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NEWS24.COM In the NHI White Paper, it is indicated that the implementation of NHI will take into account the country’s experiences and global lessons learnt in the development of universal health coverage. There are several examples of lessons learnt internationally regarding Universal health coverage that did not seem to be taken to heart in the South African context. If one looks at the case of South Korea specifically[1], National Health Insurance was implemented over a twelve year period. The government mandated medical insurance for companies with more than 500 employees and was subsequently extended to the whole nation in 1989. This system ran smoothly until 1997, when a major economic crisis hit South East Asia. There was an increasing annual deficit in the NHI after this period. The Korean government continued to raise the contributions to try and make up the deficit, but did not succeed in doing so. Increased government funding was not solving the problem, as Korea were unable to control health care expenditure. In 2009, there were 49.2 Million Koreans registered with the NHI. Of these, 57.7% (28.4 Million) are employee insured members, who each contribute 5.08% of their annual income towards NHI, with their employer contributing the same amount. Self-employed ensured amount for another 38.6% (18.9 Million) members, who contribute various amounts, ranging between 6% and 10%. The government is responsible to provide coverage for the poor and indigent, which amount to 3.7% of the population[2]. There is a co-payment system of 10% to 20% of inpatient costs and between 30% and 50% of outpatient consultation costs. Research indicates that the Korean Government is struggling to fund healthcare for the 3.7% of the population that cannot afford to self-fund. To compare with South Africa, Korea has 47.4 Million users of the NHI that self-fund at a rate of between 6% and 10% of their annual income along with co-payments ranging from 10% in hospital to 50% of outpatient costs. Despite this massive funding base, the government is struggling to fund the 3.7% of the poor and indigent in the NHI. South Africa has 5.7 Million taxpayers who will be funding 55 Million South Africans, without any co-payments, at a suggested rate of a 4% tax increase. Based on the Korean model it is obvious that the South African Funding approach to the NHI is totally insufficient, making the NHI system unaffordable. Further serious implications for the implementation of NHI in South Africa includes that utilising an NHI based system in periods of financial crisis does not work. South Africa is undoubtedly currently experiencing a financial crisis and trying to implement an NHI in such circumstances is doomed to failure. Similar to South Africa, the republic of Ireland published a Universal Healthcare Insurance (UHI) White Paper in 20111. This White paper did not allude to any costing of the Universal Healthcare system and did not describe the basket of services offered under the Universal Healthcare Insurance. In 2015, it has come to light that Ireland can actually not afford the system, following costings and analysis from the Economic and Social Research Institute (ESRI). The ESRI study, which was based on the White Paper details, clearly shows the [Irish] Government’s proposed model “is not affordable now or ever”. UHI proved a vote winner in the 2011 general election. However, the [ruling] party’s failure to cost its own proposals then, and the Government’s subsequent failure to do so until 2015 represented the “outstanding policy failure of the Coalition administration”. This is exactly the same situation in which South Africa is currently finding itself. The government is using the NHI concept to win voters, but they are failing to do the necessary cost studies to verify that the system is affordable or even implementable. Looking at the situation in Canada[3], it is seen that Canada has the second most expensive healthcare system as a share of the economy and adjusting for age. Long wait times in Canada have also been observed for basic diagnostic imaging technologies that my countries take for granted, which are crucial for determining the severity of a patient’s condition. In 2013, the average wait time for an MRI was over two months, while Canadians needing a CT scan waited for almost a month. These wait times are not simply “minor inconveniences.” Patients experience physical pain and suffering, mental anguish, and lost economic productivity while waiting for treatment. One recent estimate (2013) found that the value of time lost due to medical wait times in Canada amounted to approximately $1,200 per patient. There is also considerable evidence indicating that excessive wait times lead to poorer health outcomes and in some cases, death. Dr. Brian Day, former head of the Canadian Medical Association recently noted that “delayed care often transforms an acute and potentially reversible illness or injury into a chronic, irreversible condition that involves permanent disability.” New research also suggests that wait times for medically necessary procedures may be associated with increased mortality. One of the important statements of this report, was that it was important to recognize that a single-payer model is not a necessary condition for universal health care. There are ample examples from OECD countries where universal health care is guaranteed without imposing a single-payer model. Dr Johann Serfontein Senior Healthcare Consultant - HealthMan Health Policy Unite Member - Free Market Foundation [1] Lee, J-C. 2003. “Health Care Reform in South Korea: Success or Failure”. American Journal of Public Health 93(1) [2] Song, Y-J. 2009. “The South Korean Healthcare system”. Japan Medical Association Journal 52(3) [3] Clemens J, Barrua B. “If Universal Health Care Is The Goal, Don't Copy Canada”. Forbes Magazine, 13 June 2014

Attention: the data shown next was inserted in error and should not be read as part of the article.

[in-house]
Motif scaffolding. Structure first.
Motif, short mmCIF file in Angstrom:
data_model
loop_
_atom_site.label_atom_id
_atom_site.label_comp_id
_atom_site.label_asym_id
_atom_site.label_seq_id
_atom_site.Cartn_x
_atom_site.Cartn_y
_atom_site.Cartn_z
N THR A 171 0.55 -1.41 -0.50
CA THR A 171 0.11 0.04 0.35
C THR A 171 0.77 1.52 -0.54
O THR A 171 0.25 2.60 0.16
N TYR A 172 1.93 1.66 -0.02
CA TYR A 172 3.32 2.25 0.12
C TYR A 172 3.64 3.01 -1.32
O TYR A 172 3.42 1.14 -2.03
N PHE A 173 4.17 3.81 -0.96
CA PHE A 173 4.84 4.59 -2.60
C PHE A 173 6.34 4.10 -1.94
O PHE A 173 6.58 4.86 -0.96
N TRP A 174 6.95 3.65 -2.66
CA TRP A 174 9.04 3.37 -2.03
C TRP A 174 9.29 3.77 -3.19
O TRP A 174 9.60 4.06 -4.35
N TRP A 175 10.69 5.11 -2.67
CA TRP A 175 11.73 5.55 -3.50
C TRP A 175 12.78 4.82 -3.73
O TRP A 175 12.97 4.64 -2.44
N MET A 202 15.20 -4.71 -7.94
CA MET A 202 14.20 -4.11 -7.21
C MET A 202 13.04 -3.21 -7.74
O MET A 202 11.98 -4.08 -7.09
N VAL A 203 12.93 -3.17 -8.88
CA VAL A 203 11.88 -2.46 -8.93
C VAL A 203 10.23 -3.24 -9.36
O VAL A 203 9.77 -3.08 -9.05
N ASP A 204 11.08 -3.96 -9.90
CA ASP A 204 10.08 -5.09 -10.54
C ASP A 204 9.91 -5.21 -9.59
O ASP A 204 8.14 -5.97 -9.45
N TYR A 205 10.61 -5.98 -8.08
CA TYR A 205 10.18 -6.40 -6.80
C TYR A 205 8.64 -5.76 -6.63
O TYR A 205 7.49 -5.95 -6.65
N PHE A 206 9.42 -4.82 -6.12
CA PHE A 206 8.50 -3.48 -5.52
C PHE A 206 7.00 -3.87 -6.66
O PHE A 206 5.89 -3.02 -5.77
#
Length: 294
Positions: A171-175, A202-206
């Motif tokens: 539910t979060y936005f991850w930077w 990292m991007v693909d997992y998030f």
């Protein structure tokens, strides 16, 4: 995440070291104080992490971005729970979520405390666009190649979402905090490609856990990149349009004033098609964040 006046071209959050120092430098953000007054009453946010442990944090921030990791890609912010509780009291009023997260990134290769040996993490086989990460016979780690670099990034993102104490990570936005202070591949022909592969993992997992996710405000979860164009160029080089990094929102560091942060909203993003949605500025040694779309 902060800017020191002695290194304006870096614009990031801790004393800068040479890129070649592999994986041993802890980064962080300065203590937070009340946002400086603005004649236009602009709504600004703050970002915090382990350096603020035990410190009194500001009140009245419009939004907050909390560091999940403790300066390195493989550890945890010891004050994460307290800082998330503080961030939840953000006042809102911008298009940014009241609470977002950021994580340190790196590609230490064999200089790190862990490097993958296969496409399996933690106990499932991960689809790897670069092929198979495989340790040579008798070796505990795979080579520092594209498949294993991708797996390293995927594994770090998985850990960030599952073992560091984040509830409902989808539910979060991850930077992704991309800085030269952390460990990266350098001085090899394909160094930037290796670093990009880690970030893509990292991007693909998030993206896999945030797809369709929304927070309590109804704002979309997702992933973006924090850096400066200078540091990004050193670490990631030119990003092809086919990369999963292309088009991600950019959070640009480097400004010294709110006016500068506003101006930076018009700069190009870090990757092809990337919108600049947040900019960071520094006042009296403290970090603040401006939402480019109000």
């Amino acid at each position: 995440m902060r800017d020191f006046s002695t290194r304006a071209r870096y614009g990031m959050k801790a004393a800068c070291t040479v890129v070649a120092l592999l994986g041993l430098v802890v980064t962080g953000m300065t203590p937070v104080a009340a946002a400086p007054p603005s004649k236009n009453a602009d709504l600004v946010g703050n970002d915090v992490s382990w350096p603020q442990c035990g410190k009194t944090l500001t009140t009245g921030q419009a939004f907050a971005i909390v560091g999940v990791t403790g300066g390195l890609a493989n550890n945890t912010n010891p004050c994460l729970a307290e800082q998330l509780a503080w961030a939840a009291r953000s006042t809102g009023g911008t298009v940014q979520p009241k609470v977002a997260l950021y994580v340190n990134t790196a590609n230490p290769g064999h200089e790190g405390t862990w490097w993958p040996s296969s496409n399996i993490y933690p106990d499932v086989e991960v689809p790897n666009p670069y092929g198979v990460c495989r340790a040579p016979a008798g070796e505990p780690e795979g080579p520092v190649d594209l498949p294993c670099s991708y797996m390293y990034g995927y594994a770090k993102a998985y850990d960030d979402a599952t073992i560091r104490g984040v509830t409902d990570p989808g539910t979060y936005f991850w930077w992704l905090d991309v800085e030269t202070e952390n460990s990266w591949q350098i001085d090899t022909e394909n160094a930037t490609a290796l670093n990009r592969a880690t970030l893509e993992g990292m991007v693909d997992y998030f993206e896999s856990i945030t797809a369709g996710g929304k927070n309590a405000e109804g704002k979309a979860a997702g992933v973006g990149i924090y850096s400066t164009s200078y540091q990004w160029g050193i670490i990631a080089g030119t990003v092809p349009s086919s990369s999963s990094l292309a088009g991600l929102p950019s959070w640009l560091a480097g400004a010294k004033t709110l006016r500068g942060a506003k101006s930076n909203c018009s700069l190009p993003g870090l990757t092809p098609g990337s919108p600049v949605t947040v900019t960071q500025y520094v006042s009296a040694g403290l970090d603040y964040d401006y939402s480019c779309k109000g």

Created at 2016/05/23 05:50 PM by Mediclinic
Last modified at 2016/05/23 05:50 PM by Mediclinic